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Category:68000 Assembly

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68000 Assembly
This programming language may be used to instruct a computer to perform a task.
See Also:

Listed below are all of the tasks on Rosetta Code which have been solved using 68000 Assembly.
Your Help Needed
If you know 68000 Assembly, please write code for some of the tasks not implemented in 68000 Assembly.

68000 assembly is the assembly language used for the Motorola 68000, or commonly known as the 68K. It should not be confused with the 6800 (which predates it). The Motorola 68000 is a big-endian processor with full 32-bit capabilities (despite most systems that use it being considered 16-bit.) It was used in many computers such as the Amiga or the Canon Cat, as well as game consoles such as the Sega Genesis and Neo Geo.

Architecture Overview[edit]


The 68000, unlike most processors of its era, is big-endian. This means that bytes are stored from left to right. The example below illustrates this concept:

MOVE.L #$12345678,$100000 ;store the hexadecimal numeral #$12345678 at memory address $100000
;hexdump of $100000:
;$100000 = $12
;$100001 = $34
;$100002 = $56
;$100003 = $78

On a little-endian processor such as in x86 Assembly, the order of the bytes would be reversed, i.e.:

;hexdump of $100000
;$100000 = $78
;$100001 = $56
;$100002 = $34
;$100003 = $12

This difference isn't usually relevant in the majority of situations, so don't concern yourself too much. It's much more important when doing 6502 Assembly where registers are smaller than the address space.

Data Registers[edit]

There are eight 32-bit data registers on the 68000, numbered D0-D7. As the name implies, these are designed to hold data. Much like in ARM Assembly, each one is identical in terms of which commands it can use. A command that can be used for D0 can be used for any other D-register.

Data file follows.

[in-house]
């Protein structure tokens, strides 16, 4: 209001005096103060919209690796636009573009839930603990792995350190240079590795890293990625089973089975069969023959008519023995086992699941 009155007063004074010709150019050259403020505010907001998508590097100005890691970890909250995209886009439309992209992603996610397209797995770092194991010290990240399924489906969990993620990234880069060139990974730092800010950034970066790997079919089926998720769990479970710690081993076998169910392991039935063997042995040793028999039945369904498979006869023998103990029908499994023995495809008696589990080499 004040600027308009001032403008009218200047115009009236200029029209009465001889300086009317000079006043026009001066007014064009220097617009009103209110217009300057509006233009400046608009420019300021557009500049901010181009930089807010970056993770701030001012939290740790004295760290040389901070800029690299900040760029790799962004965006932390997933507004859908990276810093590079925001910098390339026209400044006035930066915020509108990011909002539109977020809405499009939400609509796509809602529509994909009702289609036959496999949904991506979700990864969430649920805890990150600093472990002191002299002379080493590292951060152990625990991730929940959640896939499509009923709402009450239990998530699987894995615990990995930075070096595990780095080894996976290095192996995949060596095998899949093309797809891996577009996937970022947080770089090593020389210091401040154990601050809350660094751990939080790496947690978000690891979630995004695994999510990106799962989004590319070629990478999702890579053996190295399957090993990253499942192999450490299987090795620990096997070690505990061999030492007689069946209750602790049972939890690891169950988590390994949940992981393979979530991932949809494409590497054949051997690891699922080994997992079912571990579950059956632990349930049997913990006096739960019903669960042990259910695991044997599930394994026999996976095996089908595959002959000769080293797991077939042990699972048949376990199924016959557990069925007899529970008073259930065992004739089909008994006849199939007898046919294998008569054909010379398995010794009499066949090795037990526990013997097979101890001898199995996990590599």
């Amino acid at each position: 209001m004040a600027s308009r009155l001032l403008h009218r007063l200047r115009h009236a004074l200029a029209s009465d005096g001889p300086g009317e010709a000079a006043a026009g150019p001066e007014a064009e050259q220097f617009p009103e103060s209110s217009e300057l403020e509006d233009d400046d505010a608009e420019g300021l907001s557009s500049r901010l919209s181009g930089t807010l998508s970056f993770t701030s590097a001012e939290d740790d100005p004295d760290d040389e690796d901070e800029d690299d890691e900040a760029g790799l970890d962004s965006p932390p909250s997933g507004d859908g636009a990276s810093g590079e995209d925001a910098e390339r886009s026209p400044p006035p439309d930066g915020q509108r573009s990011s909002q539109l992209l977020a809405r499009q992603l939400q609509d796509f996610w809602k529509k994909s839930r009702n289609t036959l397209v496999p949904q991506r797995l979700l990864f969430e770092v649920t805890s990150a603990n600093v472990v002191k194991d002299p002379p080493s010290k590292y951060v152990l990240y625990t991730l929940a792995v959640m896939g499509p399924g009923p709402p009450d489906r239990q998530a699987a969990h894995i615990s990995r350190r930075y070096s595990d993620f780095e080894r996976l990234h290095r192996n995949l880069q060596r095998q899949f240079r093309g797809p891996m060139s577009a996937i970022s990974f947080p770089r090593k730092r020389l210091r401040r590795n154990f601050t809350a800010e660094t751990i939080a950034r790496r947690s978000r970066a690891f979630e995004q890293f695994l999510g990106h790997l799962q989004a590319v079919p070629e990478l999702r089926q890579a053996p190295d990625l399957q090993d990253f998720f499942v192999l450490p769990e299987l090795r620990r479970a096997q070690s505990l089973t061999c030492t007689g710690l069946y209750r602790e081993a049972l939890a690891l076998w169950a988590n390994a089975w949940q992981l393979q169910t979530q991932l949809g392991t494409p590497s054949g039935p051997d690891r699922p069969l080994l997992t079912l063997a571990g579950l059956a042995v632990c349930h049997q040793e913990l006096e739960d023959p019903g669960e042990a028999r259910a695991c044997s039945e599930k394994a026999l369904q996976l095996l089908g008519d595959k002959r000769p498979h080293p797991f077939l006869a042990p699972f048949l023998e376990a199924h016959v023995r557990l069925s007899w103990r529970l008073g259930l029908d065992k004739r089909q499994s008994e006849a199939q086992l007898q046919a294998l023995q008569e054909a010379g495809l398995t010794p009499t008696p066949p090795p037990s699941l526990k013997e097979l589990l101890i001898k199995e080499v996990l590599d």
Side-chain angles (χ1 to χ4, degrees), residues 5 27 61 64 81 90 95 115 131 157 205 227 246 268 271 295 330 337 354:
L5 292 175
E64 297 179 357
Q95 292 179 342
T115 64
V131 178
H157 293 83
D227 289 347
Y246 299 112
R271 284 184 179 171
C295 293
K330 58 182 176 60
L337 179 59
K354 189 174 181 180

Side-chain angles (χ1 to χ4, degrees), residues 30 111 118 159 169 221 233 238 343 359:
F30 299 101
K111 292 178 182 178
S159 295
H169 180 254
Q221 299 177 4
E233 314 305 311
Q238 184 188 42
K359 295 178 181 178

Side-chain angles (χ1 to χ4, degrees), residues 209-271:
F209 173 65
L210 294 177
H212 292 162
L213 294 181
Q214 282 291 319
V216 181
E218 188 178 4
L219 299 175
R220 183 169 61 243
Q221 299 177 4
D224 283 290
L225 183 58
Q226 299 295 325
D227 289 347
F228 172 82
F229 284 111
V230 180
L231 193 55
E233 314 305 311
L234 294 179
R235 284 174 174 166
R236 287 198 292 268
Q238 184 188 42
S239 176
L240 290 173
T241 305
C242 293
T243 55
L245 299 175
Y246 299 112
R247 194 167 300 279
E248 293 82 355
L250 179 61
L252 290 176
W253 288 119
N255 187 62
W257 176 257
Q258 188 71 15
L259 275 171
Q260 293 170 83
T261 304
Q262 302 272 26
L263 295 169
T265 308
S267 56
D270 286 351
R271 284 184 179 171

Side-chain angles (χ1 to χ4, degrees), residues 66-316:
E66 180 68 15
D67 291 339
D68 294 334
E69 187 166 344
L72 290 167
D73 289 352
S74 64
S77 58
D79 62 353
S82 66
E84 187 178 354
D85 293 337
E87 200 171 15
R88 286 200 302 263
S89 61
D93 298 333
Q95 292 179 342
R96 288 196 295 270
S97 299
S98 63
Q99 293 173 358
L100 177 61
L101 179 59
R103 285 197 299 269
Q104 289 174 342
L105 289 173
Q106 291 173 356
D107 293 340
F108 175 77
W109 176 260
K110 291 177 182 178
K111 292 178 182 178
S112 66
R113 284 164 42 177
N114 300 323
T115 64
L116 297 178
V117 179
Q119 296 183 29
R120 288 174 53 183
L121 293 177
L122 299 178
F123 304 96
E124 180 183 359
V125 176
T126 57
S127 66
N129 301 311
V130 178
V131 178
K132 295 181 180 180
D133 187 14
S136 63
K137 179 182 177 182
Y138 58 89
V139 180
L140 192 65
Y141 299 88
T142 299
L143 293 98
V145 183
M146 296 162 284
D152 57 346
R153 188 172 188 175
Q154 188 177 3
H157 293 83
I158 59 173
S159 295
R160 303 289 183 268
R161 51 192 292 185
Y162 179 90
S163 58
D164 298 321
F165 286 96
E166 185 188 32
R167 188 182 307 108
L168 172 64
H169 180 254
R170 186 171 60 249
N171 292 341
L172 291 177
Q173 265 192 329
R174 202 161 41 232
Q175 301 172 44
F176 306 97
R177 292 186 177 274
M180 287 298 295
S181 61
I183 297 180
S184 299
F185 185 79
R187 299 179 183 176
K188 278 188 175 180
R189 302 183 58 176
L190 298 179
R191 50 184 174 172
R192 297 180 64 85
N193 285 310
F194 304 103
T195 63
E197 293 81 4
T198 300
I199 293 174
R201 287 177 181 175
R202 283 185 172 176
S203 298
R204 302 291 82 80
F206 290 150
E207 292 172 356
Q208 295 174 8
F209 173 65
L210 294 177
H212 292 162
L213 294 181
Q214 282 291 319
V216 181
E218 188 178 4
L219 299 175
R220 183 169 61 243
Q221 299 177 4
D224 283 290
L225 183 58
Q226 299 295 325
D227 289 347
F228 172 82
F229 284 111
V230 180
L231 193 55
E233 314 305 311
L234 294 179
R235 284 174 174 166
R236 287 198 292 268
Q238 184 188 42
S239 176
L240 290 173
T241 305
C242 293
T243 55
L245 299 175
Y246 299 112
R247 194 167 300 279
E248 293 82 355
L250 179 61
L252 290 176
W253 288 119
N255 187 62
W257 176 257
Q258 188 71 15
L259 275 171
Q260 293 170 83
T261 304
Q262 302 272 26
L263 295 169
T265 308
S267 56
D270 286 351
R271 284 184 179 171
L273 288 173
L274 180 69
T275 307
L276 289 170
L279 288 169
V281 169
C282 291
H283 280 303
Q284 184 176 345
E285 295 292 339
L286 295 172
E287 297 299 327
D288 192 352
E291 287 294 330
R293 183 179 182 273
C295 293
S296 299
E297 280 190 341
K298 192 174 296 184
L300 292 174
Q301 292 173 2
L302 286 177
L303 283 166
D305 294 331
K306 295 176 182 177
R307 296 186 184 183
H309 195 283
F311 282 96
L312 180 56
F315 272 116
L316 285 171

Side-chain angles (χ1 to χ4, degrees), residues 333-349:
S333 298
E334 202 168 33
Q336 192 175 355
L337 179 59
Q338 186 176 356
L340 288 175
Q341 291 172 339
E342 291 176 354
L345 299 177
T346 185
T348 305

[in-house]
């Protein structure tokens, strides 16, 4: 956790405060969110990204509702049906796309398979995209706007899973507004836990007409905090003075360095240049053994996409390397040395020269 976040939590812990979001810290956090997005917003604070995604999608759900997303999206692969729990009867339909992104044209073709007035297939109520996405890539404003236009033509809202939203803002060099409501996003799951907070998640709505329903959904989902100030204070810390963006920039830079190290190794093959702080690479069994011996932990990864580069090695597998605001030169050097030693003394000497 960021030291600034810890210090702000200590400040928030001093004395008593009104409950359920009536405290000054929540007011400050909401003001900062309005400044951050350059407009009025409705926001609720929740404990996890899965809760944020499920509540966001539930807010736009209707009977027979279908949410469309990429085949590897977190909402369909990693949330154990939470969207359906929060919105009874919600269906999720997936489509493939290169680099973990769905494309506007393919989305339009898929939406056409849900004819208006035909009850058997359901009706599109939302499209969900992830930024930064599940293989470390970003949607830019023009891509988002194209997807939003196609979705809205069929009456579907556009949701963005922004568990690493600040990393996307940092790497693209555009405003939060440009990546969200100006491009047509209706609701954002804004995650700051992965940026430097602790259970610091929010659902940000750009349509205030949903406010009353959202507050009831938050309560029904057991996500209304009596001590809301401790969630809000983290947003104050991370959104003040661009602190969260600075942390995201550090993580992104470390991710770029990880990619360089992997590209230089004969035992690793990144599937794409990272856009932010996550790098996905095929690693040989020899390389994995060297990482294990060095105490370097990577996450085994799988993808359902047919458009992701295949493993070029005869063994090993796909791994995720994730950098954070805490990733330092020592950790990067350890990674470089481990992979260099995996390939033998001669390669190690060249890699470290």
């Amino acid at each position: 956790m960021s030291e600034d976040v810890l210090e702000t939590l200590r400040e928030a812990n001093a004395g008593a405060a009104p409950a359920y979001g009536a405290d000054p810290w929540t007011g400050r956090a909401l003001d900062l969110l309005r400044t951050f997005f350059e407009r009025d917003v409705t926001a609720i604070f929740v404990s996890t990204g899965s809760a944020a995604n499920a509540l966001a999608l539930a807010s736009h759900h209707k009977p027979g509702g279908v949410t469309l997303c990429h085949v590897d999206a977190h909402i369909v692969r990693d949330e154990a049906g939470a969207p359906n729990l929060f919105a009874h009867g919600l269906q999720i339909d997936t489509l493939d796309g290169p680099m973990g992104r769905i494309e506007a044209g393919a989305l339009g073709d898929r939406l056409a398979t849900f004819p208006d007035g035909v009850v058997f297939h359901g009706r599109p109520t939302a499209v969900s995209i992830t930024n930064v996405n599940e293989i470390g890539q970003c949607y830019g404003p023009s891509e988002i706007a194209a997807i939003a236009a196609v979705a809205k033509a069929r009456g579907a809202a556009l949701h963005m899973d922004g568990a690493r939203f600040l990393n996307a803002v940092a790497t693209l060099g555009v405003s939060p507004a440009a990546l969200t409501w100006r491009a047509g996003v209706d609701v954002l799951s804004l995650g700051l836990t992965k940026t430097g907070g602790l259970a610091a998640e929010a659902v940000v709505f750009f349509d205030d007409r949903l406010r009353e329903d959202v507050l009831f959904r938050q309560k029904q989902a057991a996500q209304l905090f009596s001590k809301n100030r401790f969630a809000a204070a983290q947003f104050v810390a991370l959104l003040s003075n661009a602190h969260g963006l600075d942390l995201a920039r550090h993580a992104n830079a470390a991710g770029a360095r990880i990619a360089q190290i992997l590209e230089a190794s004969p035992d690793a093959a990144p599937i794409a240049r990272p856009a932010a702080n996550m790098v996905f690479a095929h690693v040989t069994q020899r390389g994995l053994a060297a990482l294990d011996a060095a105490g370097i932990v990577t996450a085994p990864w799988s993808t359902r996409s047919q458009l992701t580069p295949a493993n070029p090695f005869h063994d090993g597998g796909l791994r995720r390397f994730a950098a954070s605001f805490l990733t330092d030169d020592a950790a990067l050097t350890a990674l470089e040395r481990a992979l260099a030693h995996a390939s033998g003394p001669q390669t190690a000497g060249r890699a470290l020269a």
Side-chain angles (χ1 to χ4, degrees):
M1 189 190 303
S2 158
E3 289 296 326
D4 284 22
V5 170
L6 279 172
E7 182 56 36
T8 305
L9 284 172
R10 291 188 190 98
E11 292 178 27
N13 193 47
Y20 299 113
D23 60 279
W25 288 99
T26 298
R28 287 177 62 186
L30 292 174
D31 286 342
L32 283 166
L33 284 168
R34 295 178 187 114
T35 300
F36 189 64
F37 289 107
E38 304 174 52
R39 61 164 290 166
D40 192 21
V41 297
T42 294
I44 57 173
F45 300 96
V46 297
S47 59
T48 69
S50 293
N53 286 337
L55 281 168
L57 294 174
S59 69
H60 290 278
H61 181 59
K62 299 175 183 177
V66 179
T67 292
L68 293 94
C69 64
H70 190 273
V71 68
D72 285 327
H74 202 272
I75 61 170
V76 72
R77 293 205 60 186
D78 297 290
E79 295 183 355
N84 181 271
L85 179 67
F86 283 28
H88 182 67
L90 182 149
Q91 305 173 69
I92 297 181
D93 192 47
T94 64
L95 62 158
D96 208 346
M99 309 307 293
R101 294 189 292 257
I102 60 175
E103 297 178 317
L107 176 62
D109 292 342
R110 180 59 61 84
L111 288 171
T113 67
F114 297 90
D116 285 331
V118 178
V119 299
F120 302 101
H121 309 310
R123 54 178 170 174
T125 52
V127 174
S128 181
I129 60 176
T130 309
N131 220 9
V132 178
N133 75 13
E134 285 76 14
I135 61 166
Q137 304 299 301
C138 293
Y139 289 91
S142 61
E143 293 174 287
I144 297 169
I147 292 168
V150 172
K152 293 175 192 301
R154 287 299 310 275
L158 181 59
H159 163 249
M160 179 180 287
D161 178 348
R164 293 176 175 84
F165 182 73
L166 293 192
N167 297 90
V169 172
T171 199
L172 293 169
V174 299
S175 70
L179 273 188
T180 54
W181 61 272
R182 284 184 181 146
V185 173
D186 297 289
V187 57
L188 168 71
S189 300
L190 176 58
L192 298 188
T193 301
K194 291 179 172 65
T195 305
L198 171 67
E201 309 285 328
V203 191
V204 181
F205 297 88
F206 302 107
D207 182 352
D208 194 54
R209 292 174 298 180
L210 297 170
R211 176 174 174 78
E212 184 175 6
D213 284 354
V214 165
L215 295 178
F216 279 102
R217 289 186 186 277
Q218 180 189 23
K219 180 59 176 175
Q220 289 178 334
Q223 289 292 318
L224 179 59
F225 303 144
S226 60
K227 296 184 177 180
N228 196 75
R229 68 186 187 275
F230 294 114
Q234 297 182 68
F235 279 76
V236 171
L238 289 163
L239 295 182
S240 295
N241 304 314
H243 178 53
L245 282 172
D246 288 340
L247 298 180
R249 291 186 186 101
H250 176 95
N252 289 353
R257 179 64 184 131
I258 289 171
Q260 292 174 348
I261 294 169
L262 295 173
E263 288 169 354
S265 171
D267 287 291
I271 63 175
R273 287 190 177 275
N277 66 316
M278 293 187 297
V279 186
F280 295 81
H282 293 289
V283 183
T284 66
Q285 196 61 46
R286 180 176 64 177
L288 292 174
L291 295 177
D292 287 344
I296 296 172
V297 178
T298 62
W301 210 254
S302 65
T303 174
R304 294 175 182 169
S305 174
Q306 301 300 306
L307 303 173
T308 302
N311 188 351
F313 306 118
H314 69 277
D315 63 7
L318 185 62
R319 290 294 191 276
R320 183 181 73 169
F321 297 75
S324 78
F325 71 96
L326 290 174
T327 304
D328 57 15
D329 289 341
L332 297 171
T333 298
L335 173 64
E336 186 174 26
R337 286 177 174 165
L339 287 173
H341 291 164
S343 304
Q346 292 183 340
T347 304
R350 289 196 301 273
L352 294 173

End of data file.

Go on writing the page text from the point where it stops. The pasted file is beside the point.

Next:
MOVE.B #$FF,D0 ;move the hexadecimal value 0xFF into the bottom byte of D0.
ADD.W #$8000,D4 ;add hexadecimal 0x8000 to the value stored in D4.

Address Registers[edit]

There are eight of these as well, numbered A0-A7. A7 is reserved as the stack pointer, and is commonly referenced as SP in assemblers. The others are free to use for any purpose. Although these registers are 32-bit, the 68000's address space is 24-bit (ranges from 0x000000 to 0xFFFFFF), so the leftmost byte is ignored. You can do simple math involving these registers but more complicated commands like multiply or divide can only be used with data registers. Address registers are used to contain addresses and extract the values stored within.

Loading From Memory[edit]

MOVEA.L #$200000,A2 ;usually these are loaded from a label.
;The hex dump of address $200000: 44 55 66 77
MOVE.L #$00000000,D0
MOVE.B (A2),D0 ;load the byte stored at $200000 into D0. D0 = #$00000044
MOVE.W (A2),D0 ;load the word stored at $200000 into D0. D0 = #$00004455
MOVE.L (A2),D0 ;load the long stored at $200000 into D0. D0 = #$44556677
MOVE.L D2,(A5) ;store the contents of D2 into the memory address pointed to by A5.